Basin- and catchment-wide overviews

  • Connected Waters Initiative, University of New South Wales[47] – Investigating and raising awareness of groundwater and water resource issues in Australia
  • Murray Darling Basin Initiative, Department of Environment and Heritage, Australia[48]

Research journals

  • International Journal of Hydrology Science and Technology
  • Hydrological Processes, ISSN 1099-1085 (electronic) 0885-6087 (paper), John Wiley & Sons
  • Hydrology Research, ISSN 0029-1277, IWA Publishing (formerly Nordic Hydrology)
  • Journal of Hydroinformatics, ISSN 1464-7141, IWA Publishing
  • Journal of Hydrologic Engineering, ISSN 0733-9496, ASCE Publication
  • Journal of Hydrology
  • Water Research
  • Water Resources Research
  • Hydrological Sciences Journal - Journal of the International Association of Hydrological Sciences (IAHS) ISSN 0262-6667 (Print), ISSN 2150-3435 (Online)
  • Hydrology and Earth System Sciences
  • Journal of Hydrometeorology

See also

Other water-related fields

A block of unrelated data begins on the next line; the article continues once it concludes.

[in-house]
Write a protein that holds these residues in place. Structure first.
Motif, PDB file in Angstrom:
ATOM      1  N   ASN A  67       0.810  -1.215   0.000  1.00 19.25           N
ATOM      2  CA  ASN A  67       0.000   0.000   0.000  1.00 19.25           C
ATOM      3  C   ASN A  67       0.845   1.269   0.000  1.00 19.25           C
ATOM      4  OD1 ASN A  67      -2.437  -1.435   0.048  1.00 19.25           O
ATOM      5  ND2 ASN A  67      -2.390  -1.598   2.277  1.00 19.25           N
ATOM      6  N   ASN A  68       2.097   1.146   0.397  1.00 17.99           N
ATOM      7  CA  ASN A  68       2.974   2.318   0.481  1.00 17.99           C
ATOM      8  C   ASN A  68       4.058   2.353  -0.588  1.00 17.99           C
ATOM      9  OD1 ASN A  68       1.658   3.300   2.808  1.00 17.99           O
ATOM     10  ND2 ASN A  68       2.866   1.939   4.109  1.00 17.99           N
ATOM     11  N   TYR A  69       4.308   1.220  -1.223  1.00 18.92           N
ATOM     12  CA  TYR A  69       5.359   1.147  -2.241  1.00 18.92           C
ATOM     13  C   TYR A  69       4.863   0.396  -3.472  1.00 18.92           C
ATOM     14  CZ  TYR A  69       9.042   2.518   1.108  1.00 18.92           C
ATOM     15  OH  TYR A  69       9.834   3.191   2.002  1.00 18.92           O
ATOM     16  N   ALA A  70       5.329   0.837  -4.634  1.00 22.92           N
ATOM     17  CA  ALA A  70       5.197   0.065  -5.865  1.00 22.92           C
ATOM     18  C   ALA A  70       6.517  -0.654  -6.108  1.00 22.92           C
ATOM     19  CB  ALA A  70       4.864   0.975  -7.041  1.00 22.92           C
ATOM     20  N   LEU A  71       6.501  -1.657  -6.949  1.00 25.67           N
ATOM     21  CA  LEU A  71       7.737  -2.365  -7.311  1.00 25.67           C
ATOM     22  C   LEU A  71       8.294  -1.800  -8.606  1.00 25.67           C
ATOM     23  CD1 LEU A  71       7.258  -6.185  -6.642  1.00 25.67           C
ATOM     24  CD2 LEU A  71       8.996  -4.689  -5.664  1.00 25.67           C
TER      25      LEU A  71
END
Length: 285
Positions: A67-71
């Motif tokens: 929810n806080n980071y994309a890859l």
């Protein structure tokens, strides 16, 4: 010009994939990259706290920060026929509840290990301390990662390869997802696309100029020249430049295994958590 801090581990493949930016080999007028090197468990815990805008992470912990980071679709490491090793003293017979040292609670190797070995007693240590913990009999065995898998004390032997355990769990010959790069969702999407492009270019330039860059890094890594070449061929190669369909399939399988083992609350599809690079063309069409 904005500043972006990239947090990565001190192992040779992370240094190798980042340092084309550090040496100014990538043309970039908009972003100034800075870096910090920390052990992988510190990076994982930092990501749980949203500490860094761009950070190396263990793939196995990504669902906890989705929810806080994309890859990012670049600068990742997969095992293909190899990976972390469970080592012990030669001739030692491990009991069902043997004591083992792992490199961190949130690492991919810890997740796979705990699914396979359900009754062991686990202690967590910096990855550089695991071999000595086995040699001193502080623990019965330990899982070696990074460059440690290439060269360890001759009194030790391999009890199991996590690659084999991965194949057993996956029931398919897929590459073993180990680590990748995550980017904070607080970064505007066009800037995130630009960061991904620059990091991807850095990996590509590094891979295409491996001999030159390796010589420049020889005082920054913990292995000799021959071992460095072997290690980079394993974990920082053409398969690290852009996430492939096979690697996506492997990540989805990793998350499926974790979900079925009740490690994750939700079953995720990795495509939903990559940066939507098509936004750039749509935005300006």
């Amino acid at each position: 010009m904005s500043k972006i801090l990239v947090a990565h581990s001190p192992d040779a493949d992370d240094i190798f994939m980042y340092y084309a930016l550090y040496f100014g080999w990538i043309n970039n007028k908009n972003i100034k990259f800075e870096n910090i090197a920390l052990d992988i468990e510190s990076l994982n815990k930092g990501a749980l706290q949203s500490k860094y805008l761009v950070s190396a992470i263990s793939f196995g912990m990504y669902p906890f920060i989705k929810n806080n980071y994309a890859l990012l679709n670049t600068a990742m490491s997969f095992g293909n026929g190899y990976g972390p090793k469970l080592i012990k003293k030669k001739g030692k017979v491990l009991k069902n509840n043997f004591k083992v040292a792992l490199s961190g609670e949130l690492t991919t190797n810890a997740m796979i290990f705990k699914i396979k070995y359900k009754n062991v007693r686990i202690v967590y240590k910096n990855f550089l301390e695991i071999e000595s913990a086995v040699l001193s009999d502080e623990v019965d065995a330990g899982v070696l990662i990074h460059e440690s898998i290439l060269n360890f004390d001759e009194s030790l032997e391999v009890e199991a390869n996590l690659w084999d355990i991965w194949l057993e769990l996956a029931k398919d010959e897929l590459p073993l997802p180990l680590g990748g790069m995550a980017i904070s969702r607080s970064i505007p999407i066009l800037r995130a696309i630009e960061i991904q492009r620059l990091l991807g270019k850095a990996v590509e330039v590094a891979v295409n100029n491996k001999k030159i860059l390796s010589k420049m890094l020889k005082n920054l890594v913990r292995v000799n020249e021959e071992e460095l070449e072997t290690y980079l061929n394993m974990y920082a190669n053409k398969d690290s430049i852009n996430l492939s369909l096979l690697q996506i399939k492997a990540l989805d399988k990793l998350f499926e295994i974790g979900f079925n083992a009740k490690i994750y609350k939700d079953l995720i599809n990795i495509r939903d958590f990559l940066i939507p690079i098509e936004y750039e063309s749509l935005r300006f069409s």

• Oceanography is the more general study of water in the oceans and estuaries.
  • Meteorology is the more general study of the atmosphere and of weather, including precipitation as snow and rainfall.
  • Limnology is the study of lakes, rivers and wetlands ecosystems. It covers the biological, chemical, physical, geological, and other attributes of all inland waters (running and standing waters, both fresh and saline, natural or man-made).[49]
  • Water resources are sources of water that are useful or potentially useful. Hydrology studies the availability of those resources, but usually not their uses.


  1. ^ a b c "What is hydrology and what do hydrologists do?". USA.gov. U.S. Geological Survey. Archived from the original on 19 September 2015. Retrieved 7 October 2015.
  2. ^ Postel, Sandra (1999). "Egypt's Nile Valley Basin Irrigation" (PDF). waterhistory.com. Excerpted from Pillar of Sand: Can the Irrigation Miracle Last?. W.W. Norton.
  3. ^ Gregory, Kenneth J.; Lewin, John (2014). The Basics of Geomorphology: Key Concepts. SAGE. ISBN 978-1-4739-0895-6.
  4. ^ Biswat, Asit K (1970). "Edmond Halley, F.S.R., Hydrologist Extraordinary". Notes and Records of the Royal Society of London. 25. Royal Society Publishing: 47–57. doi:10.1098/rsnr.1970.0004.